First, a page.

Inside me is a dainty, feminine, frilly, floral print coward. She flails and flaps her hands and squeals like a little girl. She's a total ninny and I hate her guts. No matter what I do, I feel like she's the real me, waiting to get rescued by some dude on a white horse. I'm on an endless mission to try to find the secret of courage, hoping that one day, something scary will happen and I'll finally feel brave enough. I'll be able to rescue myself.
I've taken self-defense classes. I've escaped a rear chokehold and I've fallen on the ground, bounced up, and fought back. I've been attacked by strangers on the street more than once and I've lived to tell the tale. I've put out open flames with a fire extinguisher. I've been first on the scene when someone had a stroke, on two separate occasions. I've chased down a toddler who was about to run into the street. Still, I don't feel brave.
I've hiked into the wilderness, with nothing but the food and gear on my back, no cell phone reception, at least a full day's hike from civilization. My husband was there, though, so I don't feel like that counts. It's like being a Disney princess and only succeeding with the help of some talking animals. Technically, my husband is a talking animal, just one with extremely advanced mathematical skills. Nothing I do is really brave when I have him there to back me up.
I've waded through mud, climbed a rope, crawled under barbed wire, and jumped over open flames. Emergency responders were standing by, though, so I don't feel like that counts. I knew I could quit. I didn't, but I knew I could. It was only a dress rehearsal.
I've encountered a bobcat, coyotes, a six-foot snake, and a raccoon that came up and patted me on the elbow. I've been stung by stinging nettle and bit by a fire ant. Still, I don't feel like I know what I'm doing because I've never seen a bear or a mountain lion. Not that I want to. I'm just a lacy little piece of long pork, after all.
I ran a marathon. I got passed by a blind runner and a para-athlete with a colostomy bag, though, so I don't feel like it counts. That was two years ago. I don't feel like I can keep calling myself a "marathon runner" until I start training for another race.
I've spoken before an audience of three hundred people. I once translated "We are the Champions" into Latin and sang it to a live audience, if you can call what I do singing. Whenever I perform in public, I feel like they're obligated to clap and that they'd applaud no matter what I did. It's not like they bought tickets just to see me.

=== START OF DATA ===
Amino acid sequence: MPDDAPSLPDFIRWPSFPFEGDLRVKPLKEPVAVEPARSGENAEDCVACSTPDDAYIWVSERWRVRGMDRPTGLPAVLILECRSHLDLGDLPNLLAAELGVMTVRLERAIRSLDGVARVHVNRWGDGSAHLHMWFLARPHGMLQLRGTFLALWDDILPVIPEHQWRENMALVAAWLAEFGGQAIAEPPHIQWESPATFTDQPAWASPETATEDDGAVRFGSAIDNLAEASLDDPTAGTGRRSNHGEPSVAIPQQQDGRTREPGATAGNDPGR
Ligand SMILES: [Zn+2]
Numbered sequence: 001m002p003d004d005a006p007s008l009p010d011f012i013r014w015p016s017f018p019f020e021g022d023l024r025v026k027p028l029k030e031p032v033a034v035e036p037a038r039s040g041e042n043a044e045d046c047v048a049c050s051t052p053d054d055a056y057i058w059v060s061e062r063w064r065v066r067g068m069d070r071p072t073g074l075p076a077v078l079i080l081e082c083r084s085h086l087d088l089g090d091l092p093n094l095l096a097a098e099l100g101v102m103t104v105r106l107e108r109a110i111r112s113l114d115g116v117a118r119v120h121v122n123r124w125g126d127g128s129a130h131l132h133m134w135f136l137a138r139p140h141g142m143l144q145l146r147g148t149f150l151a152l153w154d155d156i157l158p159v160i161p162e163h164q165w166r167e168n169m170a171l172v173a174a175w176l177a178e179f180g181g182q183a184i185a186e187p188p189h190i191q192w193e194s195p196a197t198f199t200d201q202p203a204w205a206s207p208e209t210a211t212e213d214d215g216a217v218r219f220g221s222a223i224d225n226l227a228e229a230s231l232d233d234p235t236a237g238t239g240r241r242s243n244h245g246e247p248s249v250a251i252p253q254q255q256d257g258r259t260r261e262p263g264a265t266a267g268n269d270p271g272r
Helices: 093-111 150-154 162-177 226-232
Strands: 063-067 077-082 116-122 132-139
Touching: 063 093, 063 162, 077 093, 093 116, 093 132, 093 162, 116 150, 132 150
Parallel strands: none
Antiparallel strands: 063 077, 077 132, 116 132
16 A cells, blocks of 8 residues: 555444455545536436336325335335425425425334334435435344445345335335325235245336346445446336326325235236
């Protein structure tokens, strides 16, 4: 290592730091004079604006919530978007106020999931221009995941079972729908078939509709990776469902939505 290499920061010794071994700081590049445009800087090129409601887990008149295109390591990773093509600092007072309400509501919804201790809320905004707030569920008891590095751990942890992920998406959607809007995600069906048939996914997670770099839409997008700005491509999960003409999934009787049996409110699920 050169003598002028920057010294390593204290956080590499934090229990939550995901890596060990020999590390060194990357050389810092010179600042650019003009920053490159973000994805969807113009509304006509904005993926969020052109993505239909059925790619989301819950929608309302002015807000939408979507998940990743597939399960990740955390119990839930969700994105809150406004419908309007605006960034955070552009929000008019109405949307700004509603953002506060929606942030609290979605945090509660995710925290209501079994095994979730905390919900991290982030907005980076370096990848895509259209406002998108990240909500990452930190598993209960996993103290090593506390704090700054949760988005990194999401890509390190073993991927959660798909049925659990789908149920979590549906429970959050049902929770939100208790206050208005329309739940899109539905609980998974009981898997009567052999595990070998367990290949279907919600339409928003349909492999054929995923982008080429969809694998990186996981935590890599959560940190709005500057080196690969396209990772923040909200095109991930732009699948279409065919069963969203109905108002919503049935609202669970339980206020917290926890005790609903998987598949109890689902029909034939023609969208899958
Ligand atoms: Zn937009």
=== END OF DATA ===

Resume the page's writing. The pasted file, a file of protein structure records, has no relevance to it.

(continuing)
I self-published a book. It's sold copies in multiple countries on at least three continents, every month since I put it out. Still I don't feel like a "real writer." Anyone can do what I did. It wasn't that hard and it didn't take that long. It's not like I made it to the New York Times bestseller list.
I've done karaoke. I've ridden a mechanical bull. I've been on the TV news. I've marched in a parade. I've been sea kayaking. I've bought train tickets in a foreign language. None of those things count in my mind because I've already done them. I remember what it was like. There's nothing unexpected or frightening in my memories. I know the outcome, and it was fine. Not impressive, not all that dramatic, but fine. I didn't die, anyway.
When I talk about various things I've done, they seem like minor bullet points. I've never been kidnapped or held hostage. I've never been in a burning building. I've never saved anyone's life. Well, I don't think I have, not directly anyway. I've never broken a bone or had a concussion. I don't have any dramatic scars. I don't even have a tattoo, partly because my attention span is too short and partly because I have such a low pain threshold. Nothing I've done impresses me, so why would it impress anyone else? I always find other people's stories more interesting. When I share my own stories, I feel like a big faker. I'm only an imitation badass, because I know how frail and puny I am on the inside.
The truth is that if you're not scared, it wasn't brave. Courage lies in doing something despite the fear. Courage is acting against your impulses to hide and protect yourself, and doing the right thing anyway. Real courage is more about things like standing up for someone else and sticking to your convictions, even when the consensus is against you. Jumping over open flames or calling for help when someone collapses in front of you? Those are no big deal, because nothing is really at risk.
We're really brave when we're vulnerable. We're brave when we apologize. We're brave when we take emotional risks, not just physical challenges. We're brave when we reach out and open our hearts to people, even when we're afraid we'll be rejected. Being a badass shouldn't mean being bad, and it also shouldn't mean being an ass. There is strength in perseverance and determination, and there is also strength in being receptive and flexible. True strength and courage lie in upholding our own values, living up to our best selves at the times when it feels the most difficult.
I've been working with chronic disorganization, squalor, and hoarding for over 20 years. I'm also a marathon runner who was diagnosed with fibromyalgia and thyroid disease 17 years ago.
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